The beer beta had a flurry of activity to start, and then quickly tapered off. There was nothing to keep it going.
I'm of the opinion that a general 'beverages' SE would be more appropriate.
The beer, coffee, wine, tea, cocktails, and other liquid-drinkers' site?
Personally, I doubt very much that we would be able to find a passionate and engaged community to rally around a subject called "beverages." That is just my opinion.
There's a point where you're just piling on the subjects into a catch-all room just to hit the numbers… and the term you come up with to describe them all becomes so ubiquitous that you're not describing a community at all.
Sad to read/hear that a Beer group just barely missed out on Beta (I haven't been on here in a while).
DW might be on to something if it were kept specific enough - Craft Beverages, Handmade Beverages, etc. to feature wine, beer, & coffee questions, practices, devices, etc. The tea-lovers could probably even jump on the bandwagon... but then Robert's point starts to sound valid about the group becoming too ubiquitous, killing the passion of the niche.
What about a Brew Group? If you can brew it, you can talk about it - I guess that'd still include tea, coffee, beer, kambucha...
I think it is good to be open enough to reach a big enough target to grow the site, but also keep it special enough for people to think that this is the site for their need. I would say that coffee and tea would be an optimal mix, as many techniques to achieve a good result is common.
Chances are you're pulling a lot of coffee addicted workaholics from the other communities. Guess it is save to say that anyone active on SE sites is passionate about what they do and they drink... a lot of coffee! ;-)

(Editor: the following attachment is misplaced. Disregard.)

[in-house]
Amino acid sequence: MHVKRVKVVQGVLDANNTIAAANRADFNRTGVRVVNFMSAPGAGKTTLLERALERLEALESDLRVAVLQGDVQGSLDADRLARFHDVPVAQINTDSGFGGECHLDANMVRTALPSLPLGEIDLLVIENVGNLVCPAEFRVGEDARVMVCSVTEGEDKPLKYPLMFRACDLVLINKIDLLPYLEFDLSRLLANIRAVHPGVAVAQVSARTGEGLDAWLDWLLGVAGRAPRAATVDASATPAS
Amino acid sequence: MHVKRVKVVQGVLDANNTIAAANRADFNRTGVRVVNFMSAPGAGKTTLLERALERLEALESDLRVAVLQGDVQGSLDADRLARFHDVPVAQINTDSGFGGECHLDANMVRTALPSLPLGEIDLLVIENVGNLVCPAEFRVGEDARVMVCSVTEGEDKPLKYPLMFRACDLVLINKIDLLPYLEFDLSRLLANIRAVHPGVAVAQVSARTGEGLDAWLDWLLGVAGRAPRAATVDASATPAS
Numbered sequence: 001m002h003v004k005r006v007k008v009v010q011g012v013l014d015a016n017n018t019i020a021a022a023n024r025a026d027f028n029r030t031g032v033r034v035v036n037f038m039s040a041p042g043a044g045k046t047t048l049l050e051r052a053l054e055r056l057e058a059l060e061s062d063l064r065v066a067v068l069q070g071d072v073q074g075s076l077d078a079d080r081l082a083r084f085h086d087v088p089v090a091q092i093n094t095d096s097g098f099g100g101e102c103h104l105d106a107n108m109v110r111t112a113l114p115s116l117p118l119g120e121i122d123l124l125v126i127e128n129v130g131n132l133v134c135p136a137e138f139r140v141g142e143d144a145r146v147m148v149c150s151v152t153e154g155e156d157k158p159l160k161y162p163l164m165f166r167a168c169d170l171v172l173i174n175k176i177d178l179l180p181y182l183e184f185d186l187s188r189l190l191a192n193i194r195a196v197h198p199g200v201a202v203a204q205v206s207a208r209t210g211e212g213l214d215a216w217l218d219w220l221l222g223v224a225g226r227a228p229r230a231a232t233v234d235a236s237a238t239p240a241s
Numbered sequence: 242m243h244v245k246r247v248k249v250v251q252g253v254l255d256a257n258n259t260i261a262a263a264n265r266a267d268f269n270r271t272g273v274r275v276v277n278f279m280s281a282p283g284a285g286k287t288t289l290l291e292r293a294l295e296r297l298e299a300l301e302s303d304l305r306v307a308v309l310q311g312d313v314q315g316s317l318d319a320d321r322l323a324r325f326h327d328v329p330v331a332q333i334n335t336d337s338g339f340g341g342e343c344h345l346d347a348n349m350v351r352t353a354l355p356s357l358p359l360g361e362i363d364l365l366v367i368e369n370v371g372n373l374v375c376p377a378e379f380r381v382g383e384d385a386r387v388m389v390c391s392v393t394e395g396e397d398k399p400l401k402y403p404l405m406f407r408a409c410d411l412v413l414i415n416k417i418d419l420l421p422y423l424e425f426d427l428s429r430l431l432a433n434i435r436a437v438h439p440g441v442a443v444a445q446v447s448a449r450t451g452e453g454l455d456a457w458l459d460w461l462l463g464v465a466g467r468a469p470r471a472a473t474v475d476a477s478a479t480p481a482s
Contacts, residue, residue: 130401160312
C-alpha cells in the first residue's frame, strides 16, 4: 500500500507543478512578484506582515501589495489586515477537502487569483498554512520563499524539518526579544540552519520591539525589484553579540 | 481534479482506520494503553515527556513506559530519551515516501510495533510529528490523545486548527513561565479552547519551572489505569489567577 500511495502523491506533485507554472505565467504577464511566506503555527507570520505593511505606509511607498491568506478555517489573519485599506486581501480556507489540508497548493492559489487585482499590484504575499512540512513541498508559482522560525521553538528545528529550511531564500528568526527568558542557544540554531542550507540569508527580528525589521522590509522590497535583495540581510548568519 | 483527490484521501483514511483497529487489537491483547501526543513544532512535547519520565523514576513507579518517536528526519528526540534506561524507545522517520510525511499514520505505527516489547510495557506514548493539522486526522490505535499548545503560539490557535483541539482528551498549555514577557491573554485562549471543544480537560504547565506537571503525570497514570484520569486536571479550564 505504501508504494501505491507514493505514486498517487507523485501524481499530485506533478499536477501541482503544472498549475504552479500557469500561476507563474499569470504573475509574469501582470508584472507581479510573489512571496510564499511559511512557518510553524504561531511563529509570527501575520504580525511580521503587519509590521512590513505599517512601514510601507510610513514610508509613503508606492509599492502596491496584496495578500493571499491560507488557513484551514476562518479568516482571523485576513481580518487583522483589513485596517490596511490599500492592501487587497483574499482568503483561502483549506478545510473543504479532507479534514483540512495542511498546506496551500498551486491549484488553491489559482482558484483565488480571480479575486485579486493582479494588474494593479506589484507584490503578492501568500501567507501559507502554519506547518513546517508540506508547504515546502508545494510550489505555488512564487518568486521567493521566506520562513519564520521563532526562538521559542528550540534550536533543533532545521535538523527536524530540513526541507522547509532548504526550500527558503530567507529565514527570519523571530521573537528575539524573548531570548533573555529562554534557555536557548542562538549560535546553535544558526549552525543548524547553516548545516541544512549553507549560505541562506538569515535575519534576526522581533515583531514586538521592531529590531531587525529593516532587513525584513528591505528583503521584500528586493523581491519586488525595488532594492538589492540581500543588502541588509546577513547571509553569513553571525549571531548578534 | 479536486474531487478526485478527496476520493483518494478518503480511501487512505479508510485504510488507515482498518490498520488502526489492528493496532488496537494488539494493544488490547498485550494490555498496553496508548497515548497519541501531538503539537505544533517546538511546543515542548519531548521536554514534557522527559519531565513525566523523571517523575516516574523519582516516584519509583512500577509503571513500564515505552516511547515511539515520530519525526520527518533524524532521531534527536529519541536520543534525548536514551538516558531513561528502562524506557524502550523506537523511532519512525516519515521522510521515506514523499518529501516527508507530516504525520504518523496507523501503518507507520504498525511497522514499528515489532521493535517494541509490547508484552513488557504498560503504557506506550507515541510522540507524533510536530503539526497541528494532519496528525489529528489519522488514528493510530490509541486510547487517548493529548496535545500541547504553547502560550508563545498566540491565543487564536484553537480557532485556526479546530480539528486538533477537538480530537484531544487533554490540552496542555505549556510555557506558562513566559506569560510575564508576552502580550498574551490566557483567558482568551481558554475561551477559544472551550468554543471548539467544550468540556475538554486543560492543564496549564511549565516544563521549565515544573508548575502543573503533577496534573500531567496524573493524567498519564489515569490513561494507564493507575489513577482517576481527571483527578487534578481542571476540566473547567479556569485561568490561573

Where beer is more appropriate for certain moments of the day. Coffee is something that is being drunk during the process of all those questions and answers around stack exchange.
My initial reaction to this repeated suggestion is negative. I am less interested in participating if the focus starts to become too broad, since I don't have much interest in using SE for topics like beer, wine, or tea. Diluting the subject gives me less reason to show up, since it worsens the signal to noise ratio.
The contrary position is that other sites are popular with very broad subjects, like History or Scifi & Fantasy. Both include loads of different interests that might be able to fill entire sites themselves. But sometimes that means the site first page fills up with a lot of stuff you might not want to read, like when History gets full of WWII questions or SFF is full of Harry Potter questions. An appropriately narrow site can get more enthusiastic support because it's more likely to reward a visit with something relevant to your interests.